Looking through these magazines I realized my fictional mother (I being my age now in 1955) would have been young, possibly only 4 or 5 when this magazine was out, but my fictional grandmother would have read it. I imagined, perhaps, that I had the magazine in 1955 for the same reason I would now, in that I am interested in the history of women’s social role. However, I am not sure that I would have such a concept in 1955. I may have looked at it with a passing laugh and thought, ‘Oh, thank God, I don’t have to wear that corset.” or “Look, they are only just talking of heating your home” as I sat in my heated and insulated kitchen, listening to my dishwasher hum and my laundry machines work away in the cellar. This really hit me. Here I would be, in 1955, very much aware of how far we have come. It would be apparent every time my Grandmother would visit. And, what would she think of it all? Of course, it isn’t as if she were just teleported from 1899 to 1955, she was there as the inventions and social changes happened, but none-the-less it must have been amazing to view. Then, I think about 10 years ago from 2009. In 1999 the internet existed, surely, but not on the level it does today. Cell phones (mobiles) were around as well, but not everyone had one or used them all the time. I remember there were still things said like, “Oh, I hate when people have cell phones and talk on them in public”, now I hear complaints if the person is talking loudly, but the phone in the hand or those wretched blue tooth ear sets (which I cannot believe are good for you) are common place. And yet, for the most part we just sort of go along, collecting up new technology, without really thinking about it. It is just part of our daily lives, certainly.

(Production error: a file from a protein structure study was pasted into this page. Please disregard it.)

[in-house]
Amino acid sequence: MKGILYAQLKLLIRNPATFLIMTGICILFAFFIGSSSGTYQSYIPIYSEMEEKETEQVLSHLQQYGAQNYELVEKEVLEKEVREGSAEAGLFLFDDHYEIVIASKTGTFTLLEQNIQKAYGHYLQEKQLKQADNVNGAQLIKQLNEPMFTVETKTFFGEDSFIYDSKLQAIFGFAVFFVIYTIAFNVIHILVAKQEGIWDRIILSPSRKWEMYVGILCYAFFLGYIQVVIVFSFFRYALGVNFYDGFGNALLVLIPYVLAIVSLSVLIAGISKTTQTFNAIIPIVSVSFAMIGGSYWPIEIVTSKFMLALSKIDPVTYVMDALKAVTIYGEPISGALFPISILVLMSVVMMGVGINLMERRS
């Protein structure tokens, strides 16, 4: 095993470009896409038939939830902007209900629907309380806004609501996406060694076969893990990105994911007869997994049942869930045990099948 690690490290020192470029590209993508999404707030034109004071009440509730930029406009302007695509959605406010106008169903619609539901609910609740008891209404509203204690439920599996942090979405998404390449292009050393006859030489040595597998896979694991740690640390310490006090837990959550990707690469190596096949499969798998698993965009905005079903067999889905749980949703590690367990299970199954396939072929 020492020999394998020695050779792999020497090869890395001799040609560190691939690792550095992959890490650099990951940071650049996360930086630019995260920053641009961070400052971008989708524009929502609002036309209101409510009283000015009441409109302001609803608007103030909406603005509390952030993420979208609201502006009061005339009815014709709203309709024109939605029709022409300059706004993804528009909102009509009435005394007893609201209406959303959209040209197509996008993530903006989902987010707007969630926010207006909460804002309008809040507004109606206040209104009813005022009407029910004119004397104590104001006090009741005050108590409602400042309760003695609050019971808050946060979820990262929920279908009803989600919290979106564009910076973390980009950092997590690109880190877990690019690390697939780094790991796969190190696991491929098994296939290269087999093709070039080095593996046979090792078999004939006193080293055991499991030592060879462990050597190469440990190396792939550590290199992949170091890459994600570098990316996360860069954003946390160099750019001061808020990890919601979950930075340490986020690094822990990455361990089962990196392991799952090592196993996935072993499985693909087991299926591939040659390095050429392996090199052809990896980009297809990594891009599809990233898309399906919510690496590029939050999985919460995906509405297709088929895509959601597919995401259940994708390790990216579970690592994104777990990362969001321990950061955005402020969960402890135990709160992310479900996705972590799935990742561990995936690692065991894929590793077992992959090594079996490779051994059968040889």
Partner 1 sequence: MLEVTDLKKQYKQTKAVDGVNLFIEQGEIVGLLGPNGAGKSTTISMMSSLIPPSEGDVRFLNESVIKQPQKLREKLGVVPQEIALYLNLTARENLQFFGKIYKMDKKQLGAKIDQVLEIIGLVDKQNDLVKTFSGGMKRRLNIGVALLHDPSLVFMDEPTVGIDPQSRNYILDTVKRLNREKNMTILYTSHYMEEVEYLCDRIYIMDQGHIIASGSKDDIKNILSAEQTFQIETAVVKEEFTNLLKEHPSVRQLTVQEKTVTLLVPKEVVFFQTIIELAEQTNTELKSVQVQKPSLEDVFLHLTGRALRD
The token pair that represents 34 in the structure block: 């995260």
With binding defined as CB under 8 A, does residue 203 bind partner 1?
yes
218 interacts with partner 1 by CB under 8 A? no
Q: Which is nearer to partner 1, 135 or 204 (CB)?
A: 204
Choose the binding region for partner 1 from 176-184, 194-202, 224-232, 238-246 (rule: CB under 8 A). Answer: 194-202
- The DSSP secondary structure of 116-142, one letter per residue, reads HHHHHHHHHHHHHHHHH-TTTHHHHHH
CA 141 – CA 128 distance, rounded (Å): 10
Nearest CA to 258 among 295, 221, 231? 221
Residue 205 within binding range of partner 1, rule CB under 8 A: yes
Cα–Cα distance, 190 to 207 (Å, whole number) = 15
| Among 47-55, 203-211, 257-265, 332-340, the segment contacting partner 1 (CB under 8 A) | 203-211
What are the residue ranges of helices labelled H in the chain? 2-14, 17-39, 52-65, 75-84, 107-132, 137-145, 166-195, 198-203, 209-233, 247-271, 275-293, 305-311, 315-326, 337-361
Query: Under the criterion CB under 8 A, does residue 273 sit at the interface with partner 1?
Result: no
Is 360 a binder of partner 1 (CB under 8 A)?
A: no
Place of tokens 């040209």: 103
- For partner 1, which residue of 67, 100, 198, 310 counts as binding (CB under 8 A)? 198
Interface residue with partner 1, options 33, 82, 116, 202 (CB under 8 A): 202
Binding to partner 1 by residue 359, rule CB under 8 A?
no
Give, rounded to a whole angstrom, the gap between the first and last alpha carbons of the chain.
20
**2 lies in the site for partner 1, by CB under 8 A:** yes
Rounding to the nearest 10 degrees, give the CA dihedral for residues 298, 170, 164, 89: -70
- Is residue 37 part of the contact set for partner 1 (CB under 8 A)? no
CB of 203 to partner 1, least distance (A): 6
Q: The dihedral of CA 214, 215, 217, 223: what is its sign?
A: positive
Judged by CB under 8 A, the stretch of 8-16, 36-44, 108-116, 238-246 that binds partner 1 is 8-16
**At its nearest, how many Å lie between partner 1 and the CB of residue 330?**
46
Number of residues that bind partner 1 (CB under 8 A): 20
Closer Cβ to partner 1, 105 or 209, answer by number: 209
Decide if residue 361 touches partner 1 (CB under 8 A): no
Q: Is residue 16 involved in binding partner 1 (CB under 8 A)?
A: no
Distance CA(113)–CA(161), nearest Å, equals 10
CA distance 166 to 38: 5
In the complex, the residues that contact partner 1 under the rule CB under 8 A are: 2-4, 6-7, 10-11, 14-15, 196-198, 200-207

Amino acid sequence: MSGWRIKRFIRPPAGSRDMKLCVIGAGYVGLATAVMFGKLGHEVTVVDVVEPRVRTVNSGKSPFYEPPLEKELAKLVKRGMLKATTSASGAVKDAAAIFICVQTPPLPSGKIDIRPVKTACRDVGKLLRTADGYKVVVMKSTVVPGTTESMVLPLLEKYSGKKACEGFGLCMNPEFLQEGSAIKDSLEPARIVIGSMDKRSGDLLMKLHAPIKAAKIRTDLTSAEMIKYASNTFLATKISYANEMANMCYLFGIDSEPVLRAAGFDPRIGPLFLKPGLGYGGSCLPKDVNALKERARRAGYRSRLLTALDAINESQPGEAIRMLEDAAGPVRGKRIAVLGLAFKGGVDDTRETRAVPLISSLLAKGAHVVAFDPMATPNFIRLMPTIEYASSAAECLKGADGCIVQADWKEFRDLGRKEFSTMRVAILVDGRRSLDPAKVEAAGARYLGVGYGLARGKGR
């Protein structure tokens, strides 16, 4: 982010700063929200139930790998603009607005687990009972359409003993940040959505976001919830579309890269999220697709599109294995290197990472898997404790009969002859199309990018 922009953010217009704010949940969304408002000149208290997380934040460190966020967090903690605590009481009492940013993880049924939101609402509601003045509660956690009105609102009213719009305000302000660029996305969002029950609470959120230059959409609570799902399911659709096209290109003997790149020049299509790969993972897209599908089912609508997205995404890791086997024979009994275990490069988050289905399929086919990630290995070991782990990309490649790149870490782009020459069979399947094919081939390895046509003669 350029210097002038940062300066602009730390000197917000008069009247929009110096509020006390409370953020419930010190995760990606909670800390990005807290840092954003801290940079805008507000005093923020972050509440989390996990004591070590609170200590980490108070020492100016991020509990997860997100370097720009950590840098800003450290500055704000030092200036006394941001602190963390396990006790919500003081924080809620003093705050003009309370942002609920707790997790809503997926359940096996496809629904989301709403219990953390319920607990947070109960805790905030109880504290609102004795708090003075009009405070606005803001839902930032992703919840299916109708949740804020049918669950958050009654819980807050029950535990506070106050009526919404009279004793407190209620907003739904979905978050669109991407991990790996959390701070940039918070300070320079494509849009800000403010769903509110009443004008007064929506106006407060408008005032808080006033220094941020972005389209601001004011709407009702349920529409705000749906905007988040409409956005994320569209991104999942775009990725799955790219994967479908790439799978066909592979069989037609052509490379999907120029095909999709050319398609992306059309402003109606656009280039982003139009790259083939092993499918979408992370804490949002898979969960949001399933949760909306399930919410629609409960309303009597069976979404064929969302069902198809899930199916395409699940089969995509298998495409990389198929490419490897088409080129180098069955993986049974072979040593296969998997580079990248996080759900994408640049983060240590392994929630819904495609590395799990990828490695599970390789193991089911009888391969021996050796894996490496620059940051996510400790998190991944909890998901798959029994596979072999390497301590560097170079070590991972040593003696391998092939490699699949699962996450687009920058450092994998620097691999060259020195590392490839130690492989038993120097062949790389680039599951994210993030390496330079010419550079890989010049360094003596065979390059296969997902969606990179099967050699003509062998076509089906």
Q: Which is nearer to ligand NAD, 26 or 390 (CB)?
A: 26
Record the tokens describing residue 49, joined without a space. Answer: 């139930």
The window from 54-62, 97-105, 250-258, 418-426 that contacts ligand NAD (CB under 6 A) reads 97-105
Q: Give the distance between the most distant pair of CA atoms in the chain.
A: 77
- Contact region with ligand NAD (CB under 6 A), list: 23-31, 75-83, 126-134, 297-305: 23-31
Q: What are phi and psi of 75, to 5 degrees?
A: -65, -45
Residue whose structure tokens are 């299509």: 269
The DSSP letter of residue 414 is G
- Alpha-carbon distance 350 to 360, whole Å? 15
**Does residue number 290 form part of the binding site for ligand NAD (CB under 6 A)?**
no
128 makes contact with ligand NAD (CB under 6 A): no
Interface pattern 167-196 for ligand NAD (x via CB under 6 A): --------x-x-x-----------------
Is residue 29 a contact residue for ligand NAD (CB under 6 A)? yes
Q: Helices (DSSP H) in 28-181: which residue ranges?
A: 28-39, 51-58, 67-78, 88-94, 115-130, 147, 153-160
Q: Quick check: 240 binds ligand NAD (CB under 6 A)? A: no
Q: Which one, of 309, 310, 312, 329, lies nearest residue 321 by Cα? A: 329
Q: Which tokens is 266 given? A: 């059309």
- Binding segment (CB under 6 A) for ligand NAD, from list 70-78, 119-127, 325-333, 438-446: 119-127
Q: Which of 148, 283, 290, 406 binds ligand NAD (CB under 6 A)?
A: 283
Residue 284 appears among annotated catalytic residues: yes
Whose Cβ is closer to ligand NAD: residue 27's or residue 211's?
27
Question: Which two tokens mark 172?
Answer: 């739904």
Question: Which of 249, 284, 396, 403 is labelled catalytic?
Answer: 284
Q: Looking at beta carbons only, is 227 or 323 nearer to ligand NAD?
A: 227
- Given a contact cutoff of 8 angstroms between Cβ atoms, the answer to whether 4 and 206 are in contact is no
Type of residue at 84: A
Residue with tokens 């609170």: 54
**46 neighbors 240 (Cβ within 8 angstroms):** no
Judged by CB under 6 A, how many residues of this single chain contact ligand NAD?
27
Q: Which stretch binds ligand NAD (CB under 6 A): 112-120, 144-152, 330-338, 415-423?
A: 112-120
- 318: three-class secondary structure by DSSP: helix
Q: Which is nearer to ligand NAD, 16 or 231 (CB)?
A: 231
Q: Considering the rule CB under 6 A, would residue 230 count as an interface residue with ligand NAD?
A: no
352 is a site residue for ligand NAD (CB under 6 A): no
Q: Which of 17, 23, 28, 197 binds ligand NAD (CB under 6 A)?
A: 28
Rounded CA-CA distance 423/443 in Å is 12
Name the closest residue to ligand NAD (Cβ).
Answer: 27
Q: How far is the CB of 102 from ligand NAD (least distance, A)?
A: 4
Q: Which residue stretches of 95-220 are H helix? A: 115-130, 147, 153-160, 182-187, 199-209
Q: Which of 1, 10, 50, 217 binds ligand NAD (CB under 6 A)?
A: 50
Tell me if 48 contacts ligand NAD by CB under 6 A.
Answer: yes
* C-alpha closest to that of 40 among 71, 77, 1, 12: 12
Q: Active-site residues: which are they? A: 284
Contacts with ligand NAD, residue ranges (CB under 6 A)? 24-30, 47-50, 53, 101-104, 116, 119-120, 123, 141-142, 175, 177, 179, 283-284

However, it does make me, all the more, want to continue to study and look back all the time. I cannot help but judge my current day and life through the eyeglass of the past. I wonder, shall I ever NOT do this? I don’t know, really, come 31 December 1955, what I will do? Will I stay in my current role? Will I go to 1945? or why not 1935? Or, being content with my current lot, live in a sort of amalgamation of 1955/2010?